Societies that are equal in terms of relations are those in which there is mutual respect, where – as the philosopher Philip Pettit put it in 2010, alluding to a line by John Milton – ‘free persons … can speak their minds, walk tall among their fellows, and look each other squarely in the eye’.

Look each other squarely in the eye. That’s the heart of it. If I lower my eyes out of deference, I render myself your inferior. Black slaves who dared look their owners in the eye could be whipped for ‘insolence’. If we consider ourselves morally worthier than someone else, we are said to ‘look down’ on them; and they likely notice. If we simply fail to look a person in the eye – my bus driver perhaps – the danger is we miss their basic humanity, their essential moral sameness, the basic equality that exists between us. And then I might throw an insult, or something much worse, at them. more>

Where Did Qualcomm Go Wrong?

By Bolaji Ojo – It’s a justifiable question. The Qualcomm–NXP trip was an expensive sortie: Qualcomm has paid $2 billion in mandatory break-off fees to NXP, but the bill for the hidden costs may be much higher. For nearly two years, the communications IC and IP supplier and its target endured prolonged uncertainties. Even now, the spasms from customer disruptions remain strong while many employees, though heaving a sigh of relief, must figure out where they truly belong in the enterprise.

Qualcomm is moving on resolutely from the NXP debacle. It must. However, the implications and lessons — if any — are industry-wide. One of the largest acquisitions in the history of the semiconductor industry foundered because of oppositions from various fronts, including customers who might have benefited from it. Simply dumping the blame on nebulous factors and faceless regulators will result in the industry learning nothing from the experience. Perhaps the transaction was destined to fail. Perhaps it could have been better managed and successfully, too. A thorough assessment of why this deal collapsed would offer lessons that can be applied to future deals.

There are no signs that Qualcomm will conduct a detailed analysis of why and how the bid unraveled. It is easier — again — to simply toss more money at stakeholders and move on. NXP’s management and shareholders who had tendered their equity could slake their thirst with $2 billion in Qualcomm’s money. more>

The Progressives’ Plan to Win in 2018

By Elaine Godfrey – Democrats have been grappling with key questions about coalition building since the 2016 election: Should they prioritize winning back the voters they lost to Trump?

Should they attempt to woo the white voters gradually fleeing the party?

Progressives this weekend said, emphatically, no. It’s a genuine attempt to remake the Democratic Party at a time when racial and class tensions are the highest they’ve been since the 1960s—and it’s also put them on a collision course with party leaders and other Democrats.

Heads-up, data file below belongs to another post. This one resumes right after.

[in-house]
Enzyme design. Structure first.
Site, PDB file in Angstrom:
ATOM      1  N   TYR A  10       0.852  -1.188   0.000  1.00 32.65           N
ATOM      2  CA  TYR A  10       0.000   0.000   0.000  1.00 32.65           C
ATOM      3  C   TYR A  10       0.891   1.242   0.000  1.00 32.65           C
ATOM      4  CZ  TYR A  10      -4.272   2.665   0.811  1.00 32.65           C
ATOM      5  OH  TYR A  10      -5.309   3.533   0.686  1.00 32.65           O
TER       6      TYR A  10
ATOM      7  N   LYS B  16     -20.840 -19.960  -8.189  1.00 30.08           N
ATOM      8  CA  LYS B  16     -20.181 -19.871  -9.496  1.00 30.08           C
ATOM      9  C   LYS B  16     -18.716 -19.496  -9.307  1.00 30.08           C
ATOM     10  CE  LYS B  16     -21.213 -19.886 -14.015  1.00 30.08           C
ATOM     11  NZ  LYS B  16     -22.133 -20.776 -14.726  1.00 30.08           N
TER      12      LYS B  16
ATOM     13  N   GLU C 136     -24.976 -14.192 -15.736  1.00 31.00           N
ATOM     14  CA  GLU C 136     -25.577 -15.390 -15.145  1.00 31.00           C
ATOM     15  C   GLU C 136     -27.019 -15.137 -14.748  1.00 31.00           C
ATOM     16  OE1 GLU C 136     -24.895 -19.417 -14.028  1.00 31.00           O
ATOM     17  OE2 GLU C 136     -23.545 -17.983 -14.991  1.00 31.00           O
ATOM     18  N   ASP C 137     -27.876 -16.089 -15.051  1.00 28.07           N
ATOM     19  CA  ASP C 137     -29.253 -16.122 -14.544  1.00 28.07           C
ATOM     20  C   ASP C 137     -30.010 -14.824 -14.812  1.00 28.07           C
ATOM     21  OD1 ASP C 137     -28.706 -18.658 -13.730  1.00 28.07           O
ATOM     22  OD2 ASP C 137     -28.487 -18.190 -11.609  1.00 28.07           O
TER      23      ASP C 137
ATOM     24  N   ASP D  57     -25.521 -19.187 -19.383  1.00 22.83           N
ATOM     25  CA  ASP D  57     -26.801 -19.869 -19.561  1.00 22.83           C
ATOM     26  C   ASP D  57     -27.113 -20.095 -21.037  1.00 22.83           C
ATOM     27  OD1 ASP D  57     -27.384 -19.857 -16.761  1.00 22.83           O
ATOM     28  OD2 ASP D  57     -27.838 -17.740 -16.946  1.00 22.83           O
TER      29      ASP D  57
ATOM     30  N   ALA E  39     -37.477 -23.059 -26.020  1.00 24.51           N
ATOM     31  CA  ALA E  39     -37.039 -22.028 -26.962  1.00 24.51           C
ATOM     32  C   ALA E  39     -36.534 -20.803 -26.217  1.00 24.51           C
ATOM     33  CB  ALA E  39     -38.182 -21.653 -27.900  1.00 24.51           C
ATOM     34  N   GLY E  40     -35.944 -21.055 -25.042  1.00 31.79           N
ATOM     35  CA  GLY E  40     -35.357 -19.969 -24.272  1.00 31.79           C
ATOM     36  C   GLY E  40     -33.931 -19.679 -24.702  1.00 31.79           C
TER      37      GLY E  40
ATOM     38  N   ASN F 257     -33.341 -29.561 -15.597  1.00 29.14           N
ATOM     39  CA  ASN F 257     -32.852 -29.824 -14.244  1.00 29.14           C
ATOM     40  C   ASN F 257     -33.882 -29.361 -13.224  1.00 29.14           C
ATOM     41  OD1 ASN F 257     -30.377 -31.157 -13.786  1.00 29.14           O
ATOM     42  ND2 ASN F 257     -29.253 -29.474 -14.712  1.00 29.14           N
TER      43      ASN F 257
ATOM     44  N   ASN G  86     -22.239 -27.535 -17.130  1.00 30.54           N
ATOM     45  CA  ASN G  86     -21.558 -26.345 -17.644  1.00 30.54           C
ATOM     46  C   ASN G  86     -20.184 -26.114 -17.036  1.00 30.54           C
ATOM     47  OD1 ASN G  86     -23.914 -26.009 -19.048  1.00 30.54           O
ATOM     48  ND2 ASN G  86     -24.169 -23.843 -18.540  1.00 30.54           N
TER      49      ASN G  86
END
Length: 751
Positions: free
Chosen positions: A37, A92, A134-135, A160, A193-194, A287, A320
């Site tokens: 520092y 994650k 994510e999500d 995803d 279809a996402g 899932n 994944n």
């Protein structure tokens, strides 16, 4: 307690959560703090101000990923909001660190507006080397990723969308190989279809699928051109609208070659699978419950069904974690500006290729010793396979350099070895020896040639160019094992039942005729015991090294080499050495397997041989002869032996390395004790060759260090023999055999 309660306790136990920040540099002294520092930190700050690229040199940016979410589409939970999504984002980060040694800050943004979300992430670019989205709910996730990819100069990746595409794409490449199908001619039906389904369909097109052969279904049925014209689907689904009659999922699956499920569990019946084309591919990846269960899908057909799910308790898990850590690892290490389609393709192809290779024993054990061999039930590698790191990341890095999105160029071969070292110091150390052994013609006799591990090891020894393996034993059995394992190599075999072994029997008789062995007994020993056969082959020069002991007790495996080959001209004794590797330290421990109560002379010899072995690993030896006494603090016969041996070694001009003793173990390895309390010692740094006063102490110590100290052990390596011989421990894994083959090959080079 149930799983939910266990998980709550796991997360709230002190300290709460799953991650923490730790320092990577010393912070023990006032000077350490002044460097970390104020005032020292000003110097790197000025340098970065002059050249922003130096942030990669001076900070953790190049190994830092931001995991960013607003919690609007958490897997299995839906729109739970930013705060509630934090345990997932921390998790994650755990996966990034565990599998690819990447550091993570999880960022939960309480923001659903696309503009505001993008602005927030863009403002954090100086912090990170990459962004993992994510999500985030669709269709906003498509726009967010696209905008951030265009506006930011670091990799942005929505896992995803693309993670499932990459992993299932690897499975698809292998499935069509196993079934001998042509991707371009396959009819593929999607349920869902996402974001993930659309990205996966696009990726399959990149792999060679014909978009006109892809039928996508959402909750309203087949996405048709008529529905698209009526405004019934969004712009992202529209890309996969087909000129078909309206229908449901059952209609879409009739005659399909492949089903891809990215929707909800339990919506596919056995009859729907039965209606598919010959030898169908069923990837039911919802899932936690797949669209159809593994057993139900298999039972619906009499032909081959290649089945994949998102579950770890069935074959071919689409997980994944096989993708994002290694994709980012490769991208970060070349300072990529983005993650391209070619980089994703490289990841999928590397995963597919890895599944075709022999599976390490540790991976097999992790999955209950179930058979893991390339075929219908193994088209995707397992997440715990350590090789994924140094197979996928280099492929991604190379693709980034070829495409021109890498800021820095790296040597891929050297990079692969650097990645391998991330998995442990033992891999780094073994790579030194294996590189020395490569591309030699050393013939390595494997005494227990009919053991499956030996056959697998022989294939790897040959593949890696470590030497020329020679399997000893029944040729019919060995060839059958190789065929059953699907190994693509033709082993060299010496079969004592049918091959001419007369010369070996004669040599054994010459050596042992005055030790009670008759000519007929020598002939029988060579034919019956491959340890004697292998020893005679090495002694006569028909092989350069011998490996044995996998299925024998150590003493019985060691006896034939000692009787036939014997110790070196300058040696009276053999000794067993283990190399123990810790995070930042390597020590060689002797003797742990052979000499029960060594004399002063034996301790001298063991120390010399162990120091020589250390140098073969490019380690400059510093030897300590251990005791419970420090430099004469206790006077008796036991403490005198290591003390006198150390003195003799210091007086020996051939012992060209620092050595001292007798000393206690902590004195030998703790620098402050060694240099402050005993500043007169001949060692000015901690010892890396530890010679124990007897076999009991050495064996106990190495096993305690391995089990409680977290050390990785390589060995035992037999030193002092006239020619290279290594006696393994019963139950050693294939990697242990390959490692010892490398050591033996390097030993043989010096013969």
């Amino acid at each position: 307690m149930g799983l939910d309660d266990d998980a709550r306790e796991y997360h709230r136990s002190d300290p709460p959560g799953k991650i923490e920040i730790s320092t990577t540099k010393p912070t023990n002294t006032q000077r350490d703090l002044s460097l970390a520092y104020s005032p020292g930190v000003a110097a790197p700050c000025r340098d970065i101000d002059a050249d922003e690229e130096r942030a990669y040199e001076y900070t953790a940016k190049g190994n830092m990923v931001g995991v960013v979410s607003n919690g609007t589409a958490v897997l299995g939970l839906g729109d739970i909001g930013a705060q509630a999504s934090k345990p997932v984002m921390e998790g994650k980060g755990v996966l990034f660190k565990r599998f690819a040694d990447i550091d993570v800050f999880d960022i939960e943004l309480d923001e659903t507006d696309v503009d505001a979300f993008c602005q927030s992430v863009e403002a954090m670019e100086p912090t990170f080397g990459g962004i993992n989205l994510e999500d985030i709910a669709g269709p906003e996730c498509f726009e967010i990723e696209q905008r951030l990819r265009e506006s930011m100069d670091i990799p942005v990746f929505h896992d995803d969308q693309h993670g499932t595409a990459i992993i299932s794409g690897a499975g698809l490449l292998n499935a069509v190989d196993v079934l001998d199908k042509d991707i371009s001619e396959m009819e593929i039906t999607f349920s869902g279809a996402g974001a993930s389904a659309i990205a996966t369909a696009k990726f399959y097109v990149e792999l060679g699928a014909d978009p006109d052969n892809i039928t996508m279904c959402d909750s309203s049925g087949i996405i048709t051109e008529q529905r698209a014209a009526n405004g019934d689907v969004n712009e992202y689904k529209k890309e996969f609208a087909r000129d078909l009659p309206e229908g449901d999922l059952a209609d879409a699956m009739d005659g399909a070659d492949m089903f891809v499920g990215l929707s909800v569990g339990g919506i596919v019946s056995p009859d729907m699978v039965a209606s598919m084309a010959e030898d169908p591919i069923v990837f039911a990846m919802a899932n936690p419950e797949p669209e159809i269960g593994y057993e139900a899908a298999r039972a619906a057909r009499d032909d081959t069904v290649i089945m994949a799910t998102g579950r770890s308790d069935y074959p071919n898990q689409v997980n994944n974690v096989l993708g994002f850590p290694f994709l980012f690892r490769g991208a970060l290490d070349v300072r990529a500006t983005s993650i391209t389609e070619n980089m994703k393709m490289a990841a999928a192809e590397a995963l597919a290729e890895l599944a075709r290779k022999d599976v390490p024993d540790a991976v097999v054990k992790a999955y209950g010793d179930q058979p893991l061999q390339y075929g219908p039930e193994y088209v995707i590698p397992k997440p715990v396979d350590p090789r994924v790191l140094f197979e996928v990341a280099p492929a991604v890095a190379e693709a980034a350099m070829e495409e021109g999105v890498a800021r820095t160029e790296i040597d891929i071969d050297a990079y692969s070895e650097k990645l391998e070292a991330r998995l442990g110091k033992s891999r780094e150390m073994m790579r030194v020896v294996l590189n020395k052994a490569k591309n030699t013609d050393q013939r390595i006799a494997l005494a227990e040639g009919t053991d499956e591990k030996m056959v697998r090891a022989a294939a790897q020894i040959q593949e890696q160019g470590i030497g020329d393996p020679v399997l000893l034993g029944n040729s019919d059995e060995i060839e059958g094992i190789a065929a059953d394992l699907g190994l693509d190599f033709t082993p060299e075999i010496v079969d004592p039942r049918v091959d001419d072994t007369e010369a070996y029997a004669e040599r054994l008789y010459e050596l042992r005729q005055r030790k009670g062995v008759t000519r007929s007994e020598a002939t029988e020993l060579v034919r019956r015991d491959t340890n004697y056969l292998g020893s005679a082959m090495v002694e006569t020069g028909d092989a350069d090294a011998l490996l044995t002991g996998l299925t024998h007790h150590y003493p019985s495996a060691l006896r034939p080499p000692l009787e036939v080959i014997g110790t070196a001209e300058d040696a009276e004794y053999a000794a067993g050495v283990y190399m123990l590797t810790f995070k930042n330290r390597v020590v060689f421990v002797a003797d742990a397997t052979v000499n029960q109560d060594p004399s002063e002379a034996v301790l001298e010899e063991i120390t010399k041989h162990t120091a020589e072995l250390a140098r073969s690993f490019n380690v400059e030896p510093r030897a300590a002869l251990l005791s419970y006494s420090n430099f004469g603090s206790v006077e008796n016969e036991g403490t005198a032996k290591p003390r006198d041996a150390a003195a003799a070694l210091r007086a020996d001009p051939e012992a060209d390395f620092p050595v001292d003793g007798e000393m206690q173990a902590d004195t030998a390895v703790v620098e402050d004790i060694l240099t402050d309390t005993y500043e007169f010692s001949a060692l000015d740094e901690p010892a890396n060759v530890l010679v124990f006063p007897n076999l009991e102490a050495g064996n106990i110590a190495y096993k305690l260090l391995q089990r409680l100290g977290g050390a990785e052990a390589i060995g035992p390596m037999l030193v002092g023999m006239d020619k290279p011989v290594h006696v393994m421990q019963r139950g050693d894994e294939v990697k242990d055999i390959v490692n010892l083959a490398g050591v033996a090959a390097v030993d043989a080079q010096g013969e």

That doesn’t mean ignoring whites and Trump voters, she says. Instead, “it’s rejecting the notion that our way to victory is having a centrist, moderate right-leaning strategy that feels like we could peel off Romney Republicans, versus investing in communities of color, marginalized groups, and progressive white people,” Anoa Changa said. “There is this notion that … we can’t address the issues of race, systemic oppression, because we don’t want to piss these voters off. We have to find a way to do both.” more>

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What did Max Weber mean by the ‘spirit’ of capitalism?

By Peter Ghosh – Max Weber’s famous text The Protestant Ethic and the Spirit of Capitalism (1905) is surely one of the most misunderstood of all the canonical works regularly taught, mangled and revered in universities across the globe.

We use the word ‘capitalism’ today as if its meaning were self-evident, or else as if it came from Marx, but this casualness must be set aside. ‘Capitalism’ was Weber’s own word and he defined it as he saw fit. Its most general meaning was quite simply modernity itself: capitalism was ‘the most fateful power in our modern life’.

More specifically, it controlled and generated ‘modern Kultur’, the code of values by which people lived in the 20th-century West, and now live, we may add, in much of the 21st-century globe. So the ‘spirit’ of capitalism is also an ‘ethic’, though no doubt the title would have sounded a bit flat if it had been called The Protestant Ethic and the Ethic of Capitalism.

Weber supposed that all previous ethics – that is, socially accepted codes of behavior rather than the more abstract propositions made by theologians and philosophers – were religious. Religions supplied clear messages about how to behave in society in straightforward human terms, messages that were taken to be moral absolutes binding on all people. In the West this meant Christianity, and its most important social and ethical prescription came out of the Bible: ‘Love thy neighbor.’

As a guide to social behavior in public places ‘love thy neighbor’ was obviously nonsense, and this was a principal reason why the claims of churches to speak to modern society in authentically religious terms were marginal.

The ethic or code that dominated public life in the modern world was very different. Above all it was impersonal rather than personal: by Weber’s day, agreement on what was right and wrong for the individual was breaking down. The truths of religion – the basis of ethics – were now contested, and other time-honored norms – such as those pertaining to sexuality, marriage and beauty – were also breaking down. more>

Updates from Chicago Booth

By Michael Maiello – Yale University’s Bryan T. Kelly, Chicago Booth’s Dacheng Xiu, and Booth PhD candidate Shihao Gu investigated 30,000 individual stocks that traded between 1957 and 2016, examining hundreds of possibly predictive signals using several techniques of machine learning, a form of artificial intelligence.

They conclude that ML had significant advantages over conventional analysis in this challenging task.

ML uses statistical techniques to give computers abilities that mimic and sometimes exceed human learning. The idea is that computers will be able to build on solutions to previous problems to eventually tackle issues they weren’t explicitly programmed to take on.

“At the broadest level, we find that machine learning offers an improved description of asset price behavior relative to traditional methods,” the researchers write, suggesting that ML could become the engine of effective portfolio management, able to predict asset-price movements better than human managers.

Of almost 100 characteristics the researchers investigated, the most successful predictors were price trends, liquidity, and volatility. more>